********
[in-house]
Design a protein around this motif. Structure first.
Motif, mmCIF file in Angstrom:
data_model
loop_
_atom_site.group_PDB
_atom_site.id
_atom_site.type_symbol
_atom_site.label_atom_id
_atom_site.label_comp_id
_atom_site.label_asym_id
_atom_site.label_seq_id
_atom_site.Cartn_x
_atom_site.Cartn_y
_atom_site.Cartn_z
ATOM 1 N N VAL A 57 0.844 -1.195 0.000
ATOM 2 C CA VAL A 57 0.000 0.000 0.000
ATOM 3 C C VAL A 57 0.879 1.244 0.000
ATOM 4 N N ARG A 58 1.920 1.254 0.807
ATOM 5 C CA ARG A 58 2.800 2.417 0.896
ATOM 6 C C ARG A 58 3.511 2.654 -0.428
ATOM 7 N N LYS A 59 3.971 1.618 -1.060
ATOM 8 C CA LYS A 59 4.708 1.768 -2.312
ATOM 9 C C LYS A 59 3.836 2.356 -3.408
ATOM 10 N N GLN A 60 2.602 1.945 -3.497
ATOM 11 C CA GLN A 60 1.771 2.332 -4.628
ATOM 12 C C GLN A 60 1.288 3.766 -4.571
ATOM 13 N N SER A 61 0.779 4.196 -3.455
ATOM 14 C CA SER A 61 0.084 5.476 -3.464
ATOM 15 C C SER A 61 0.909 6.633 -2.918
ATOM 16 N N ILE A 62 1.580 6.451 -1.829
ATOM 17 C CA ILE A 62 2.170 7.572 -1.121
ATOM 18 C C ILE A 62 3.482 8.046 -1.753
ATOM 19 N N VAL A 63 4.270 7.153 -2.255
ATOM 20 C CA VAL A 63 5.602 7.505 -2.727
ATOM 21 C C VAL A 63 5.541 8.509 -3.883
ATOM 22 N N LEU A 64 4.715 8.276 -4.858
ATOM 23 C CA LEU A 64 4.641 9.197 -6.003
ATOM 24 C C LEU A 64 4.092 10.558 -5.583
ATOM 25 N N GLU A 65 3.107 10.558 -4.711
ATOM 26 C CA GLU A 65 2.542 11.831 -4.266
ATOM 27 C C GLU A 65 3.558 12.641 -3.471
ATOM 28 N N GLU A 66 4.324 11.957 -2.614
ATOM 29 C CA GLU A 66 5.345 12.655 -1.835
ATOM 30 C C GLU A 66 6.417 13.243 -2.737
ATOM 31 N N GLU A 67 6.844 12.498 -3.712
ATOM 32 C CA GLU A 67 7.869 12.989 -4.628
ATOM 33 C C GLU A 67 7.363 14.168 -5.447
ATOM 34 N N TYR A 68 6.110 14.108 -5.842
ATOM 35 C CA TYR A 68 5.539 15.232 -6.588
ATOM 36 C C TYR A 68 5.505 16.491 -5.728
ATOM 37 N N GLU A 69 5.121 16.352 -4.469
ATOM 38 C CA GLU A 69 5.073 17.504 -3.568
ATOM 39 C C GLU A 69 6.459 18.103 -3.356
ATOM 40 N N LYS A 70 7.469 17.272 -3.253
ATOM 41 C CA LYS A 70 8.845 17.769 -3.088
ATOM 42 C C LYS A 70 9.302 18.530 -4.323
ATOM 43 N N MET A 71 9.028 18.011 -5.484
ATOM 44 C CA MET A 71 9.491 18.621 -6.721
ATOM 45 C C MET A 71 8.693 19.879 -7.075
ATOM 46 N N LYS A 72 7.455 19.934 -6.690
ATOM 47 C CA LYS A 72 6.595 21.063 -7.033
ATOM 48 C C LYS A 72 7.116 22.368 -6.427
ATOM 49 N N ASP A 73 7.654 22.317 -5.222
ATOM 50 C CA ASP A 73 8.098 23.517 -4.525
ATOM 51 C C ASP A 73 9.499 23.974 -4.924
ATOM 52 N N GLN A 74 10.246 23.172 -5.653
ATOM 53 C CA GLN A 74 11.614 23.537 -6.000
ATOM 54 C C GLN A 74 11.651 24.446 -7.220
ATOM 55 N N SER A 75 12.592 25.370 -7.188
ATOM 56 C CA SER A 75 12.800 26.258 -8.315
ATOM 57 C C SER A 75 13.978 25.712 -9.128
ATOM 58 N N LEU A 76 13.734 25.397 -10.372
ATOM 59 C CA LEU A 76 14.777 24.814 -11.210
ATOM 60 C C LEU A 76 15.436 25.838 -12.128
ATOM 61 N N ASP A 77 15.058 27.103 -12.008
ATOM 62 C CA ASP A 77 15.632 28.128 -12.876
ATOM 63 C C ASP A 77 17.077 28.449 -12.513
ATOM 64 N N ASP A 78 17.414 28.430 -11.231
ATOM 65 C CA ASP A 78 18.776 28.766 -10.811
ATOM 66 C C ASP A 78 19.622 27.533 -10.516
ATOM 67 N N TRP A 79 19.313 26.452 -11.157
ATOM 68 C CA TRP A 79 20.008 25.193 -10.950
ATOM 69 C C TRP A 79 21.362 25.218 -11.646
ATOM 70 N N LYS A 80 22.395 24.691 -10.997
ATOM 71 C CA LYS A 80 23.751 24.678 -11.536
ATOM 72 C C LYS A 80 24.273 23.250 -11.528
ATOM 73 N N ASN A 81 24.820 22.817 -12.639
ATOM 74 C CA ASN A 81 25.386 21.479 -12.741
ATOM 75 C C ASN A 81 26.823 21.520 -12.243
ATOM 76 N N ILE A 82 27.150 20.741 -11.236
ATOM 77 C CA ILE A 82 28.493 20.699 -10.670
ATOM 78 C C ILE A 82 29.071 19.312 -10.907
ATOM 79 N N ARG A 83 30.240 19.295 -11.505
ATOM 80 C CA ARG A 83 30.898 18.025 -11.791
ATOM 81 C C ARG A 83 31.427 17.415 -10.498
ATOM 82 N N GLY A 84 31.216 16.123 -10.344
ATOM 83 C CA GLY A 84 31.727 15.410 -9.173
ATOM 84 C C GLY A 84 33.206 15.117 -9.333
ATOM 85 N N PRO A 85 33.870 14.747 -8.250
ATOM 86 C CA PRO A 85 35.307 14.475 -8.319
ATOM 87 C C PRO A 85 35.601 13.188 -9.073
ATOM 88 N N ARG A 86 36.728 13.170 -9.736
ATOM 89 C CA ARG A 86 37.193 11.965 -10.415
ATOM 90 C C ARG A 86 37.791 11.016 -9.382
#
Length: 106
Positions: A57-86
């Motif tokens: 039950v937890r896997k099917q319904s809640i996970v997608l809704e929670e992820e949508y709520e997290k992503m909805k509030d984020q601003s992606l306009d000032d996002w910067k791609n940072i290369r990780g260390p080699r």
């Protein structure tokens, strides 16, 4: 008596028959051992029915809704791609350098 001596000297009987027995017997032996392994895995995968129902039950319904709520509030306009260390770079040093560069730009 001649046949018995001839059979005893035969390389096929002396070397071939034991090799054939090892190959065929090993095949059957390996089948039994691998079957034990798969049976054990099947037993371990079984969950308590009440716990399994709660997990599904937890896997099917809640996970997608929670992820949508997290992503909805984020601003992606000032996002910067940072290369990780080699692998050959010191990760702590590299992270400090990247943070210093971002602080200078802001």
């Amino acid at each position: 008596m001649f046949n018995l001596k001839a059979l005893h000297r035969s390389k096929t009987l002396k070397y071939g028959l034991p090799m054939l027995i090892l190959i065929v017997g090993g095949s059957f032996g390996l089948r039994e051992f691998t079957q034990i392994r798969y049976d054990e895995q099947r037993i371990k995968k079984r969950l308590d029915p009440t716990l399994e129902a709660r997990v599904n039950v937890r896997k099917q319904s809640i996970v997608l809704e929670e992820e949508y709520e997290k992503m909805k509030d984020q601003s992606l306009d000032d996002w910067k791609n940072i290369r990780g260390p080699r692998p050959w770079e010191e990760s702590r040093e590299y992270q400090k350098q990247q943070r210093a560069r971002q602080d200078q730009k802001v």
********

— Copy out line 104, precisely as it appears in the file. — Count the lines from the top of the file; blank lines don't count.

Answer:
ATOM 89 C CA ARG A 86 37.193 11.965 -10.415